By Stuart Leavenworth, McClatchy Foreign Staff
BEIJING — Landing on an unusually blue-sky Beijing afternoon, Michelle Obama launched a six-day trip to China Thursday, aimed at smoothing Sino-U.S. relations with a carefully orchestrated exercise in soft diplomacy.
Obama, joined by her mother, Marian Robinson, and two daughters, Malia and Sasha, was greeted on the tarmac at Beijing Capital International Airport by Chinese officials and newly installed Ambassador to China Max Baucus and his wife, Melodee Hanes. Also on hand were three busloads of mostly Chinese media, some of whom were there to scrutinize the Obamas’ fashion choices, having done so during the past week.
The White House signaled many days ago that this will not be a political trip. No discussion of China’s tensions with Japan. No lectures on China’s human rights record. The goal is to elevate Michelle Obama’s international education agenda and see some of China’s great sights, while also developing a relationship with her counterpart, Peng Liyuan, spouse of Chinese President Xi Jinping who shares Obama’s interests in education and public health.
Numerous commentators have criticized Obama for not using her international celebrity status to advance a more ambitious agenda. But some say that, in a time of tension, stronger personal connections between the first families could go a long way toward a more productive dialogue between the United States and China.
“It seems like a no-brainer that this kind of one-on-one could produce some positive diplomatic results,” Damien Ma, a fellow at the Paulson Institute in Chicago, said in an email exchange with McClatchy.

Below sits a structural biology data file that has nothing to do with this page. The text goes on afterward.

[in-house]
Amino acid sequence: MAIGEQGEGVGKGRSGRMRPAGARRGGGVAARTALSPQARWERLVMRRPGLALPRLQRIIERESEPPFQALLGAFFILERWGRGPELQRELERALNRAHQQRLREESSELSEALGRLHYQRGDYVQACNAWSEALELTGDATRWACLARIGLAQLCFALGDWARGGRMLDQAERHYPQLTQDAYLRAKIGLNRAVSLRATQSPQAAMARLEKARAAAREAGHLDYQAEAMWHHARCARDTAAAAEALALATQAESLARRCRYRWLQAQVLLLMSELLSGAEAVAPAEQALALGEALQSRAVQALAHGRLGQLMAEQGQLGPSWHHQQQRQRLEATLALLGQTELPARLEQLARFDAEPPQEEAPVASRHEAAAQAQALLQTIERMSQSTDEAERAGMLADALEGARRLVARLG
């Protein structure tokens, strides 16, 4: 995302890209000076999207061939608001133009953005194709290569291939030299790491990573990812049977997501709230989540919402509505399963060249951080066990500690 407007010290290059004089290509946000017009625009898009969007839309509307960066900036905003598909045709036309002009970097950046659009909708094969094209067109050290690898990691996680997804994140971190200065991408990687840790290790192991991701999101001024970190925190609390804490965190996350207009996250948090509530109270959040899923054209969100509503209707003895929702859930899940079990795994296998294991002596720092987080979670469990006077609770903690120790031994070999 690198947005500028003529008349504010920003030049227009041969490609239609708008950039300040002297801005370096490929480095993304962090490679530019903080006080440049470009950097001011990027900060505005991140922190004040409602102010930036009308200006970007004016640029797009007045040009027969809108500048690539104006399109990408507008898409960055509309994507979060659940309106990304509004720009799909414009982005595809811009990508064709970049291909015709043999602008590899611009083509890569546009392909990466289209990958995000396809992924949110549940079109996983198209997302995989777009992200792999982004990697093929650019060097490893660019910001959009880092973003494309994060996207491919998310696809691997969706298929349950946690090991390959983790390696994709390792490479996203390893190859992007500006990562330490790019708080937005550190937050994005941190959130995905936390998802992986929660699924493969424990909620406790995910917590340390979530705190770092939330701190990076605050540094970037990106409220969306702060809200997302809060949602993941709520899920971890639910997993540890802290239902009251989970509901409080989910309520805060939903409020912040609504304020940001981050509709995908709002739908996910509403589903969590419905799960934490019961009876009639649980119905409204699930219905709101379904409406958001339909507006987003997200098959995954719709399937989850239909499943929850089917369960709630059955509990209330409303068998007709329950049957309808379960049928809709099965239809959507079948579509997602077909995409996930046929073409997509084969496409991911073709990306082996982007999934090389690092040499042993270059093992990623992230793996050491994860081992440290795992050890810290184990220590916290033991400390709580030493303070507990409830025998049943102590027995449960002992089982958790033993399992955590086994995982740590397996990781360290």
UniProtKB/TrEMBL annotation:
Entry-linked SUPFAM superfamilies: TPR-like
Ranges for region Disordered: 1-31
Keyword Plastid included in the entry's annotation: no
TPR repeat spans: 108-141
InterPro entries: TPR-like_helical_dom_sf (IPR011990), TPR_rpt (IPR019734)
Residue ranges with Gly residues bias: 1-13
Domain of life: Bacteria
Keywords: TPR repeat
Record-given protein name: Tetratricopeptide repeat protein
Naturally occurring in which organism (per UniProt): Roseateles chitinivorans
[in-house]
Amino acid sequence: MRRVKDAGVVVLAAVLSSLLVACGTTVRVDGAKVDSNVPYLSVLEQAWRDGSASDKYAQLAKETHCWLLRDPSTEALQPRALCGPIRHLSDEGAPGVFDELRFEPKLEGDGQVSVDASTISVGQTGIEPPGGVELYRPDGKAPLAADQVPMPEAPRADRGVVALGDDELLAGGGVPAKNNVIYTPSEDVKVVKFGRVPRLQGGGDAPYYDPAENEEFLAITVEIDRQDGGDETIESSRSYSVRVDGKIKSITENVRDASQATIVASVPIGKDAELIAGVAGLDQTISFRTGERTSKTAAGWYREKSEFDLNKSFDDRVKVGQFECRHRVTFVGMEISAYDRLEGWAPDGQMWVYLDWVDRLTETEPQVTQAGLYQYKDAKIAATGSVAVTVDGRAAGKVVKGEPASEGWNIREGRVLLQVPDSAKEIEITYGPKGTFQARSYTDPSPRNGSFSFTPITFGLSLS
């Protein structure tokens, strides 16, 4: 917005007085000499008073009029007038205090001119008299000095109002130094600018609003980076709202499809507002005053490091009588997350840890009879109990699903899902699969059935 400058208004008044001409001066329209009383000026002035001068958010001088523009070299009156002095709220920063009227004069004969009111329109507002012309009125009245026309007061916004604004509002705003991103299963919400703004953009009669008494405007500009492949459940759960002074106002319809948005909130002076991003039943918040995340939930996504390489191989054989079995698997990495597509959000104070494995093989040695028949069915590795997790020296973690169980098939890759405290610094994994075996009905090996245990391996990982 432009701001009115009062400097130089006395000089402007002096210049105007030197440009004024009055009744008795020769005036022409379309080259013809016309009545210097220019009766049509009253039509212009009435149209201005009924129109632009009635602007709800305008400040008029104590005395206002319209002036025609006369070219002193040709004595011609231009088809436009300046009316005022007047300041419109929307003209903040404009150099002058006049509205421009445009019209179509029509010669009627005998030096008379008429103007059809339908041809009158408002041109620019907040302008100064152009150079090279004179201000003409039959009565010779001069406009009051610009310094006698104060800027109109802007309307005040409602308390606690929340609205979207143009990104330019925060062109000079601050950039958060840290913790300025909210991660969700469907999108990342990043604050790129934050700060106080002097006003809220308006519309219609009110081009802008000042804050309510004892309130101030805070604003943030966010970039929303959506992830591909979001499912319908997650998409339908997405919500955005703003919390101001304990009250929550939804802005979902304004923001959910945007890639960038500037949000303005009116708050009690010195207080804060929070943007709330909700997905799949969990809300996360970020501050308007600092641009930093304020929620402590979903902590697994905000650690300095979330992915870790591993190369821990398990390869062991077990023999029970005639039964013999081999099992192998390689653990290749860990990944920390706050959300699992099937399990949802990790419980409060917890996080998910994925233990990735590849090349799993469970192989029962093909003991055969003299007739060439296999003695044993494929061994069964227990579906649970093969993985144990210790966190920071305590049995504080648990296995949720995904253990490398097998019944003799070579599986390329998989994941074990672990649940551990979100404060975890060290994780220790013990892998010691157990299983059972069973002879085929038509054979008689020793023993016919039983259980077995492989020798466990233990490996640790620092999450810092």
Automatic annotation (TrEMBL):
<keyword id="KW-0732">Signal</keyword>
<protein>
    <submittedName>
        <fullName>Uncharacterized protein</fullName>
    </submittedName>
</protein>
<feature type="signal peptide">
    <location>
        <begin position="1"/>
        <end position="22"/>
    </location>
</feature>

Ma noted that a meeting between Michelle Obama and Peng has been talked about for some time, partly because Obama was unable to join her husband at the Sunnylands Summit last June, which Xi and Peng attended.
In the United States, Beijing’s use of “soft power” is getting increased scrutiny as China pumps money into U.S. universities, including the establishment of dozens of Confucius institutes. Such institutes feature arts and language programs aimed at projecting a benevolent image of Asia’s rising superpower.
The United States has its own instruments of “soft power,” and the Obama family is a big part of that toolbox. Over the next six days, China’s television audience — the largest in the world — will be inundated with images of an attractive multi-generational U.S. family, the feminine influence on the first African American to be elected president. The optics can’t help but advance the U.S. image in China, even if the Obama doesn’t make speeches about the virtues of democracy.